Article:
[iDC] Re: Toward a Post-Post-Critical Future

Trebor Scholz trebor at thing.net
Sat Sep 30 17:12:35 EDT 2006

Brian Holmes wrote: ³At the very best, the post-critical future is a
name for a contemporary utopia.²

My odd phrasing of ³post-post-critical² (avoiding the even stranger
³neo-critical²) referred to the concept of post-critical architecture,
which is described as ³practices, variously named Œpost-critical¹ or
Œprojective,¹ [which are] sharing a commitment to an affect-driven,
nonoppositional, nonresistant, nondissenting, and therefore nonutopian
form of architectural production.² [1]

By asking how we can overcome global social problems if we see them as
secondary in relation to technology, I suggested to move beyond future
projections of urban practices that are blind to social issues. (There
is plenty of that.)    

Brian informs us about RFID. Read ³Spychips² by Katherine Albrecht and
Liz Mcintyre or look at the research at UCL in the UK where RFID tags in
plane tickets are designed to allow airlines (and other interested
parties) to track passengers in the airport before departure. [2]
Another important move is that toward services that are called up by
touching an object with your cellphone. [3] In India, RFID tags in
armbands control mass pilgrimages. The application of RFID is broad.  

Last week a student pointed me to what we ended up calling "The Internet
of Farming Things." This feature on National Public Radio (NPR) reports
about the way today¹s farmers in the US use networked objects. They
don't buy things that don't pay for themselves, for example. If you
listen to this feature (see link at the end) you¹ll learn that also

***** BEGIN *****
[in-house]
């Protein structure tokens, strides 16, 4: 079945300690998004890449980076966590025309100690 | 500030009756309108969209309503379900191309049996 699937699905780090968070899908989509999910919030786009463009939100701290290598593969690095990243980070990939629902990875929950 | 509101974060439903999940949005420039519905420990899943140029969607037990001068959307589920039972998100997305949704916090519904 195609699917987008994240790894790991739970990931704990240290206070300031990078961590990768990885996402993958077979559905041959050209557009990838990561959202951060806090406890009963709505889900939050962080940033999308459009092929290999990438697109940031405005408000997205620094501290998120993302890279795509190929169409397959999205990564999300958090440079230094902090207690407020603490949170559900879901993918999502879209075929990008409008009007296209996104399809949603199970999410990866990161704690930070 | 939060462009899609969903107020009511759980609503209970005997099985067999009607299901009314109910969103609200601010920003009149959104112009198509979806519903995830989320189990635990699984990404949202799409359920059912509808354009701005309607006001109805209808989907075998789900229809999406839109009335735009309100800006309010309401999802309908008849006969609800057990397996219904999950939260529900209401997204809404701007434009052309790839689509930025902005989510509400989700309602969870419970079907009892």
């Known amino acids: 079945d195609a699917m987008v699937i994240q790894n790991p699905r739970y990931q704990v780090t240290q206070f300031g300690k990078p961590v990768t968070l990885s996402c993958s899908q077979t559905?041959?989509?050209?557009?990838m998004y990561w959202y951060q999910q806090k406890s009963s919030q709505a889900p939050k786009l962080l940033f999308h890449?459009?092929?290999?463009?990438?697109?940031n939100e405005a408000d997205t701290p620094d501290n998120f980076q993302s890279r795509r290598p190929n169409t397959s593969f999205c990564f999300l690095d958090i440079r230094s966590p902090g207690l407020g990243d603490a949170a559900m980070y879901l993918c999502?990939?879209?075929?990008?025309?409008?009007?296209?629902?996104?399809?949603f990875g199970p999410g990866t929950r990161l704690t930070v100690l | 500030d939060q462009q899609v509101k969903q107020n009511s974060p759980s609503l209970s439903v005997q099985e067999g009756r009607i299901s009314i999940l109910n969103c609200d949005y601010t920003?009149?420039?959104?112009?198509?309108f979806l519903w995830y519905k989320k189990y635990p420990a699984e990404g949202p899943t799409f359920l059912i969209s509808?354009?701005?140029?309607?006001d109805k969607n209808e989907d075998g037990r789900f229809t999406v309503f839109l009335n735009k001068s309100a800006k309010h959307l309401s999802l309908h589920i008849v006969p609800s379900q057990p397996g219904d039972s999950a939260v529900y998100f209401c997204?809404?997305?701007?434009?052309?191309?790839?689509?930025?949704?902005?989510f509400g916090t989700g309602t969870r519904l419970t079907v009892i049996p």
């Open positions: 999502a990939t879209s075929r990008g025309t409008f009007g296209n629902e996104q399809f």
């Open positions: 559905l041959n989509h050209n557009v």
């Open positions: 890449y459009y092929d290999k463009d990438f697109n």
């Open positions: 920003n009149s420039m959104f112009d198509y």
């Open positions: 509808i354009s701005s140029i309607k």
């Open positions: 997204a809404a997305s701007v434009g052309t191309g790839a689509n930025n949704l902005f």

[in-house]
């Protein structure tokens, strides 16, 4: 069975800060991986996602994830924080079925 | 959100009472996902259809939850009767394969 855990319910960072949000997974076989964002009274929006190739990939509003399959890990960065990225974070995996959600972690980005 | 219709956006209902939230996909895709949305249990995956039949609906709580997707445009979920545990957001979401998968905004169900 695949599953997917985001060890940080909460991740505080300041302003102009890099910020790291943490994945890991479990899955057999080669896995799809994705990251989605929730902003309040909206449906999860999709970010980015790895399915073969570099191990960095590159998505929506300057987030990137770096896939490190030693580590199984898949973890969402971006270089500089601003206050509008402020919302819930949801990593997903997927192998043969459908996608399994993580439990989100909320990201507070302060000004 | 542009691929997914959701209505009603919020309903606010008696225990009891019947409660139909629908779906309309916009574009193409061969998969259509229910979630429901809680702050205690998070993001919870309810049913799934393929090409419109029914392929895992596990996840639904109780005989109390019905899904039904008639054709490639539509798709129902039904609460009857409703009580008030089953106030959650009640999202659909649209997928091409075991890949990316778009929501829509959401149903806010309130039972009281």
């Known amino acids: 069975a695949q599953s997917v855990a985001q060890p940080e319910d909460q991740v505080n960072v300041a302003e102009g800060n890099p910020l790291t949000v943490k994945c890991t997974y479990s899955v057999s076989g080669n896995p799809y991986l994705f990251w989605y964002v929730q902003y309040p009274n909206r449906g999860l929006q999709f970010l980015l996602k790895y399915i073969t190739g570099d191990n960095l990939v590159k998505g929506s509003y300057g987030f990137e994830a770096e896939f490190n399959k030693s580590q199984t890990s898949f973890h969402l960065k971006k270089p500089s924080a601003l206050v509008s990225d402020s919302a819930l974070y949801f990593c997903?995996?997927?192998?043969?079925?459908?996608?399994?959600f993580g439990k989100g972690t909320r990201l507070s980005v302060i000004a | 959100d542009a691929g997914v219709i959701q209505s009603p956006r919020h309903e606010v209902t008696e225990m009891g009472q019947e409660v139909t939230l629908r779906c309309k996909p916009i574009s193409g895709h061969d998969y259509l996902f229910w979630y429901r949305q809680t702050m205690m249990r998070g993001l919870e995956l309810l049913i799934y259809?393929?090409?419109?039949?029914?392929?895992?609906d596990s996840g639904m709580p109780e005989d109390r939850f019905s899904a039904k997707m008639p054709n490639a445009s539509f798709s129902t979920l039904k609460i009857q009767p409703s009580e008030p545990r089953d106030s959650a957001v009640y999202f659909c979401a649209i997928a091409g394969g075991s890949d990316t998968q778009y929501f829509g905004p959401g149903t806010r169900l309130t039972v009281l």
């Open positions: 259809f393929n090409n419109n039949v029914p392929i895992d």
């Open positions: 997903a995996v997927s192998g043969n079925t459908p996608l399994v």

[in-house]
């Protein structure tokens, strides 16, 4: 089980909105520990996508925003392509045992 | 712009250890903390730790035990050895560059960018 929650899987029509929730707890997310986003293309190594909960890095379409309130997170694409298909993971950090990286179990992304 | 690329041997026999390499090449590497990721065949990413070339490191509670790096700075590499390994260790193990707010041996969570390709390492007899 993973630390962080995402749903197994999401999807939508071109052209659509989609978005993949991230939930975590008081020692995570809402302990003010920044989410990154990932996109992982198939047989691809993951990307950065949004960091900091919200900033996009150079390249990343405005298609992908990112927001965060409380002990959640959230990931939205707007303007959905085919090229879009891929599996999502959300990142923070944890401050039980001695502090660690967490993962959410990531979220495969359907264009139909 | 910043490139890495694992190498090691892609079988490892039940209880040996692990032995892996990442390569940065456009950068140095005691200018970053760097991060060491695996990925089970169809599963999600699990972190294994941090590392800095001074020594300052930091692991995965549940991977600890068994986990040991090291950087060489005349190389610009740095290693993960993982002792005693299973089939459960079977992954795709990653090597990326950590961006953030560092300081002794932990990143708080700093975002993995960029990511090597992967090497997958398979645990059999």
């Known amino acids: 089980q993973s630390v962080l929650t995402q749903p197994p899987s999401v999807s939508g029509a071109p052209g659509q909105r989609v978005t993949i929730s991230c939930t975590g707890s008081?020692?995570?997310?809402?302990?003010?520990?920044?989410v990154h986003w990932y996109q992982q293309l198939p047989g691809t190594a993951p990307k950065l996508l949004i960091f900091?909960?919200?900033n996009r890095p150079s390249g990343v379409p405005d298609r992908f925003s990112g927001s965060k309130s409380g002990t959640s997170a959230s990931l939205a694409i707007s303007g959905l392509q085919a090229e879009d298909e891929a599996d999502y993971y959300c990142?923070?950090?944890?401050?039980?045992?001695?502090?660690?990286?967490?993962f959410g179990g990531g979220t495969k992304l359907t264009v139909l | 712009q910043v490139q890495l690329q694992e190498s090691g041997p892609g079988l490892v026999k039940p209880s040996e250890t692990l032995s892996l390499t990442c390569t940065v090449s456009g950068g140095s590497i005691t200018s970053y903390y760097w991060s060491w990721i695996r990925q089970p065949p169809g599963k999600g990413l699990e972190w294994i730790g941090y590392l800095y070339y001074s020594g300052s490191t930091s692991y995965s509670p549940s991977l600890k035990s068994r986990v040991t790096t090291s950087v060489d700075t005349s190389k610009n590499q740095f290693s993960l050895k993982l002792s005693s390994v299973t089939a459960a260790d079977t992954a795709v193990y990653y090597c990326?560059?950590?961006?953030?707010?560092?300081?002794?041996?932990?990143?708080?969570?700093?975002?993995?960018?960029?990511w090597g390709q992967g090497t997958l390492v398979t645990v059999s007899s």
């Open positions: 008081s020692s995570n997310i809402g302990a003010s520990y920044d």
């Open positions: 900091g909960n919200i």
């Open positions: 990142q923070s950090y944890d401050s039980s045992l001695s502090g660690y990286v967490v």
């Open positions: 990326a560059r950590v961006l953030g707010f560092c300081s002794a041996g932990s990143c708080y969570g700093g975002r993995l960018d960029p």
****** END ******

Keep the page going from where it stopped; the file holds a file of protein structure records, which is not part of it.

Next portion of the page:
agriculture is deeply entrenched with networked objects. [4]

Brian writes: ³One of the things that could be done right away is to use
mobile communications media to constitute groups which could build up a
sensory, narrative and relational consistency between each other, on a
deliberately singularizing basis, at collective variance with respect to
the norms of contemporary hyperindividualism.²

Early examples of this exist already. The question is how to motivate
the specific spatial networked sociality that you call for. How do you
in fact cultivate such spatio-temporal network of practice? This links
back to the questions that I raised in July when we talked about
participation in the networked public sphere. To really understand the
dynamics of participation is key.

Then Brian says: ³the most dismaying thing to me is the slavishness of
people who call themselves artists or intellectuals, with respect to
their careers. The fetish-object that holds you on a leash is mainly the
way you think you are appearing in the eye of your potential employer
(or admirer, in an attention economy).²

Yes, but I see this ³slavishness² less as obedience to a particular
employer (like a boss or chair) than an issue with academia at large.
Just take ³blind² peer review, or the tedious academic referencing rules
that serve as accreditation. Or, look at dead wood publishing practices
with hardly any distribution but high prestige value. Academic rules
kill much of the personality and passion and radical politics of most
authors. That¹s the leash.

Wild academics with unorthodox ideas stand in the rain: somewhat in a
peripheral position, without clear support and public. Being able to
look at yourself into the mirror in the morning is the payoff.   


[1] <http://tinyurl.com/zlqc2>

A wiki project deciated to post-critical architecture can be found at:

[2] ³Requesting Services by Touching Objects in the Environment² can be
downloaded as pdf at<http://tinyurl.com/e8cxd>

[3] <http://www.computing.co.uk/articles/print/2163719>

[4] <http://www.npr.org/templates/story/story.php?storyId=6144238>

More information about the iDC mailing list